Background thread for periodic updates

#1

Hey guys, I am facing the following issue. I have two main processes:

  1. one which updates the state of some of the objects in a fixed interval (e.g. every 100 milliseconds),
  2. the other one which uses this state to perform some action.

My current implementation uses the 1) as an @async process, while 2) is the main process. This is fine in most cases, however in the case that some computation in 2) is taking too long (e.g. some matrix multiplication), I might miss a full update cycle in 1), which is harmful for my application.

My original code was in Python, and there it was resolved using threading.Thread(), which would do these updates in a completely separate thread. Reading up on documentation, I cannot find a simple way of achieving this in Julia. Is this currently possible? If yes, how? If not, is it planned?

#2

Before too long, hopefully, tasks will have the option to run in separate threads:

Until then, you could use Base.@threadcall, assuming you are careful about thread safety.

2 Likes
#3

I am facing this problem in UI programming as well. One can use Julias multi-process facilities which, however, makes the code much more complex. I am currently using a solution similar to yours but the heavy calculation is split into many smaller ones and the code is yielding in between. This works quite well.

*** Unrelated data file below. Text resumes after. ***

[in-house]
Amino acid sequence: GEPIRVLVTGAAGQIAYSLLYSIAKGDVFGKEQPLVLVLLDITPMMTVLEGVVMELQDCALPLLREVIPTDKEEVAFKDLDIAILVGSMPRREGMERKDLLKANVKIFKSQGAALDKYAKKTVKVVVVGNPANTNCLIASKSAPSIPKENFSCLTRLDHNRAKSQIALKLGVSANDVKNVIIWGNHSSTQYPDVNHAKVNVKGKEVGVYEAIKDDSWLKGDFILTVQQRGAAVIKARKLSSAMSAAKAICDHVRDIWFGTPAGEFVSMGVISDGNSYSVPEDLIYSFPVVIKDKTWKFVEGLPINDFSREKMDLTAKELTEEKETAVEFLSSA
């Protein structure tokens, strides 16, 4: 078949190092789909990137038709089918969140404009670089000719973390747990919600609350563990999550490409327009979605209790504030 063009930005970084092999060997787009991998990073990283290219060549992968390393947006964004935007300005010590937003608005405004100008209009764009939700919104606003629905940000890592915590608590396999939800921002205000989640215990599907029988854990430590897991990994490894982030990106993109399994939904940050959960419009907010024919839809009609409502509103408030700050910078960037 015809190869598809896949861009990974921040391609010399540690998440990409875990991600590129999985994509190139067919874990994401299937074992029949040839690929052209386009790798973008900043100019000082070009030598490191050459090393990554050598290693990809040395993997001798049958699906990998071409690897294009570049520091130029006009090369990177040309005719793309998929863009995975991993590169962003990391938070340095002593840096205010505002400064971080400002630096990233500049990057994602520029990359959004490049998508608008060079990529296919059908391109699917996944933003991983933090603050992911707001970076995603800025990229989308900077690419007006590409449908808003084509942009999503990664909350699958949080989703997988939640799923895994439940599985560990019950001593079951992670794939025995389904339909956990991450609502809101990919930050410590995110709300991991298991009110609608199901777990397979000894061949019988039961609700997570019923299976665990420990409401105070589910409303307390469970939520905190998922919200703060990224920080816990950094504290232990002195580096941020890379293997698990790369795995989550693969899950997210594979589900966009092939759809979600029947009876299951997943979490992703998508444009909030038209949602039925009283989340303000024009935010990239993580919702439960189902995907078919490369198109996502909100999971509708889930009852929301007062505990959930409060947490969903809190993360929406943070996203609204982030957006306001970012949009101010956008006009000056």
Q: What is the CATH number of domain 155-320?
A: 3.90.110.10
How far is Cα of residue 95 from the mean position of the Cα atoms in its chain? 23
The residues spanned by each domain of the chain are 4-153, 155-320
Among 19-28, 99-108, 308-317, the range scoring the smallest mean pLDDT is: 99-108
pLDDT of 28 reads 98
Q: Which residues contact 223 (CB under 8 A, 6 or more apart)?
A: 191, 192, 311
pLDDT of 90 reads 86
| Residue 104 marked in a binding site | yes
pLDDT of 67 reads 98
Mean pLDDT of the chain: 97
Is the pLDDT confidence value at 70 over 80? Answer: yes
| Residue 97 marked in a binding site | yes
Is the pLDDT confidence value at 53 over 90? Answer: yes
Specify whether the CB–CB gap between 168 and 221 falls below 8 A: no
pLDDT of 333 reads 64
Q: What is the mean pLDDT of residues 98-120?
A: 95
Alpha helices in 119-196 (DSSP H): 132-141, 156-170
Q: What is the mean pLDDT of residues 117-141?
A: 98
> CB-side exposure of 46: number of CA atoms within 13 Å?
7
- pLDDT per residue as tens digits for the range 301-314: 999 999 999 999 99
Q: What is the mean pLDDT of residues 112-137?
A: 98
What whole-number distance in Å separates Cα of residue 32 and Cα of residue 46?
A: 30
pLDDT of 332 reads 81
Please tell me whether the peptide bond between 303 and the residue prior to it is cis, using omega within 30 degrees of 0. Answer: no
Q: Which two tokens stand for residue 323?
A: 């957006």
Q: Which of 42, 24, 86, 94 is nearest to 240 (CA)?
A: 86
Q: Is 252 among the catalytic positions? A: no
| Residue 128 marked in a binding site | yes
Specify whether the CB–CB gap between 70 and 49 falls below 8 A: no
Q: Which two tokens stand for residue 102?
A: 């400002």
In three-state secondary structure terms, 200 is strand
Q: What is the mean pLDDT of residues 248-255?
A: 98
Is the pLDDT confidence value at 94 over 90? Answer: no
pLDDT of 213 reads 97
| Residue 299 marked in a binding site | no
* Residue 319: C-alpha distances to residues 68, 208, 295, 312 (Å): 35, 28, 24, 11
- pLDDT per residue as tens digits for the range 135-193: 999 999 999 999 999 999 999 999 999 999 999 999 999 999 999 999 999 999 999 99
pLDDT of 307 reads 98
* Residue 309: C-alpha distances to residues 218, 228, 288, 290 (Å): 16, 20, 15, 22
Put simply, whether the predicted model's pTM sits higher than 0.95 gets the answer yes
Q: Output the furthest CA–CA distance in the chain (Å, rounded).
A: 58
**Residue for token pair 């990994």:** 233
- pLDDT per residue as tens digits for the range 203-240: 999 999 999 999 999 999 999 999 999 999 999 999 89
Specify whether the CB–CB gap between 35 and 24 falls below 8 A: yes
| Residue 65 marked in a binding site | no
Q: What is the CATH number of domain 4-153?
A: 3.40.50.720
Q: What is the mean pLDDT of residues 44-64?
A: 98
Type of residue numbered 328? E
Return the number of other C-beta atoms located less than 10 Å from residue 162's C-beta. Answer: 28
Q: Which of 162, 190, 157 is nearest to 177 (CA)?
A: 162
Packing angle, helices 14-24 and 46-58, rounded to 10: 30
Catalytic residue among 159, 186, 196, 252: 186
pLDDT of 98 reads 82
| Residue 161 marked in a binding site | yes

#4

Thanks for the link, I will follow the issue!

Until then, you could use Base.@threadcall , assuming you are careful about thread safety.

The documentation is very short on Base.@threadcall, without a single example. I am afraid that I would need much more experience with multi-threaded programming to be able to be sufficiently threadsafe. :confused:

One can use Julias multi-process facilities which, however, makes the code much more complex.

Correct me if I am wrong, but my understanding was that the overhead caused by using a multi-process approach for updating a shared state makes this a nearly unusable solution. From what I’ve read, multi-threading should be the perfect middle-ground for this.

I am currently using a solution similar to yours but the heavy calculation is split into many smaller ones and the code is yielding in between.

Makes sense, will definitely aim for a similar approach in the meantime. Thanks!